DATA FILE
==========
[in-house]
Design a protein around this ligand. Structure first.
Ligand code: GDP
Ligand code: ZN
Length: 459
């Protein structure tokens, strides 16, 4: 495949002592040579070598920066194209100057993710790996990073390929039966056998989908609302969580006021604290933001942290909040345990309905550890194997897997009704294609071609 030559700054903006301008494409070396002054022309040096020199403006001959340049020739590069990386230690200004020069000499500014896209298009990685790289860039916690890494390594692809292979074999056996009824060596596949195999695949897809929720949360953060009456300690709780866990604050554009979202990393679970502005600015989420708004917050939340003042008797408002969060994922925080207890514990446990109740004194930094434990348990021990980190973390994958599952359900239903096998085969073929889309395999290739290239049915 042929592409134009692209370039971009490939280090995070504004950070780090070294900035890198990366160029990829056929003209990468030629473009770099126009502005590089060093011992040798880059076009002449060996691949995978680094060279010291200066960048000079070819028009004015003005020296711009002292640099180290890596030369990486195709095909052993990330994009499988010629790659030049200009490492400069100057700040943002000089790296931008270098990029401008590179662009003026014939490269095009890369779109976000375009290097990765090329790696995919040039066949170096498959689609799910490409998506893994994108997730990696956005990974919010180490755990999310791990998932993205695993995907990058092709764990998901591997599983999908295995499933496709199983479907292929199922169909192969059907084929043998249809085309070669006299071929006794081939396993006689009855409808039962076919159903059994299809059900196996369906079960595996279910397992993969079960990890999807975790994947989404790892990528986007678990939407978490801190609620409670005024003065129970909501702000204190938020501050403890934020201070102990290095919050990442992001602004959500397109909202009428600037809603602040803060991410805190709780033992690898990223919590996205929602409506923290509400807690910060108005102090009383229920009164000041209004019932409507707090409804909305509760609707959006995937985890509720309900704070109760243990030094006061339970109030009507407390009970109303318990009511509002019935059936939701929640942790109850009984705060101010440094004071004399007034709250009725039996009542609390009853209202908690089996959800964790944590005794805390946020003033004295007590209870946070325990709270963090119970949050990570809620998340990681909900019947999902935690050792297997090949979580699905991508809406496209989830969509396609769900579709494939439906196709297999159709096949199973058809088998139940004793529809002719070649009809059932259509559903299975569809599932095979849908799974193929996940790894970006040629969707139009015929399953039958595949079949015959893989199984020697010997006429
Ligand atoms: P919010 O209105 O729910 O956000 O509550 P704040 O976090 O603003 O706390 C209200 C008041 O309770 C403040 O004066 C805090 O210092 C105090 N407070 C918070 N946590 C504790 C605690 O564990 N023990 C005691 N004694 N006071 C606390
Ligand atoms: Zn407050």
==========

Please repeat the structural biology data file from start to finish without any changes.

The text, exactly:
[in-house]
Design a protein around this ligand. Structure first.
Ligand code: GDP
Ligand code: ZN
Length: 459
């Protein structure tokens, strides 16, 4: 495949002592040579070598920066194209100057993710790996990073390929039966056998989908609302969580006021604290933001942290909040345990309905550890194997897997009704294609071609 030559700054903006301008494409070396002054022309040096020199403006001959340049020739590069990386230690200004020069000499500014896209298009990685790289860039916690890494390594692809292979074999056996009824060596596949195999695949897809929720949360953060009456300690709780866990604050554009979202990393679970502005600015989420708004917050939340003042008797408002969060994922925080207890514990446990109740004194930094434990348990021990980190973390994958599952359900239903096998085969073929889309395999290739290239049915 042929592409134009692209370039971009490939280090995070504004950070780090070294900035890198990366160029990829056929003209990468030629473009770099126009502005590089060093011992040798880059076009002449060996691949995978680094060279010291200066960048000079070819028009004015003005020296711009002292640099180290890596030369990486195709095909052993990330994009499988010629790659030049200009490492400069100057700040943002000089790296931008270098990029401008590179662009003026014939490269095009890369779109976000375009290097990765090329790696995919040039066949170096498959689609799910490409998506893994994108997730990696956005990974919010180490755990999310791990998932993205695993995907990058092709764990998901591997599983999908295995499933496709199983479907292929199922169909192969059907084929043998249809085309070669006299071929006794081939396993006689009855409808039962076919159903059994299809059900196996369906079960595996279910397992993969079960990890999807975790994947989404790892990528986007678990939407978490801190609620409670005024003065129970909501702000204190938020501050403890934020201070102990290095919050990442992001602004959500397109909202009428600037809603602040803060991410805190709780033992690898990223919590996205929602409506923290509400807690910060108005102090009383229920009164000041209004019932409507707090409804909305509760609707959006995937985890509720309900704070109760243990030094006061339970109030009507407390009970109303318990009511509002019935059936939701929640942790109850009984705060101010440094004071004399007034709250009725039996009542609390009853209202908690089996959800964790944590005794805390946020003033004295007590209870946070325990709270963090119970949050990570809620998340990681909900019947999902935690050792297997090949979580699905991508809406496209989830969509396609769900579709494939439906196709297999159709096949199973058809088998139940004793529809002719070649009809059932259509559903299975569809599932095979849908799974193929996940790894970006040629969707139009015929399953039958595949079949015959893989199984020697010997006429
Ligand atoms: P919010 O209105 O729910 O956000 O509550 P704040 O976090 O603003 O706390 C209200 C008041 O309770 C403040 O004066 C805090 O210092 C105090 N407070 C918070 N946590 C504790 C605690 O564990 N023990 C005691 N004694 N006071 C606390
Ligand atoms: Zn407050």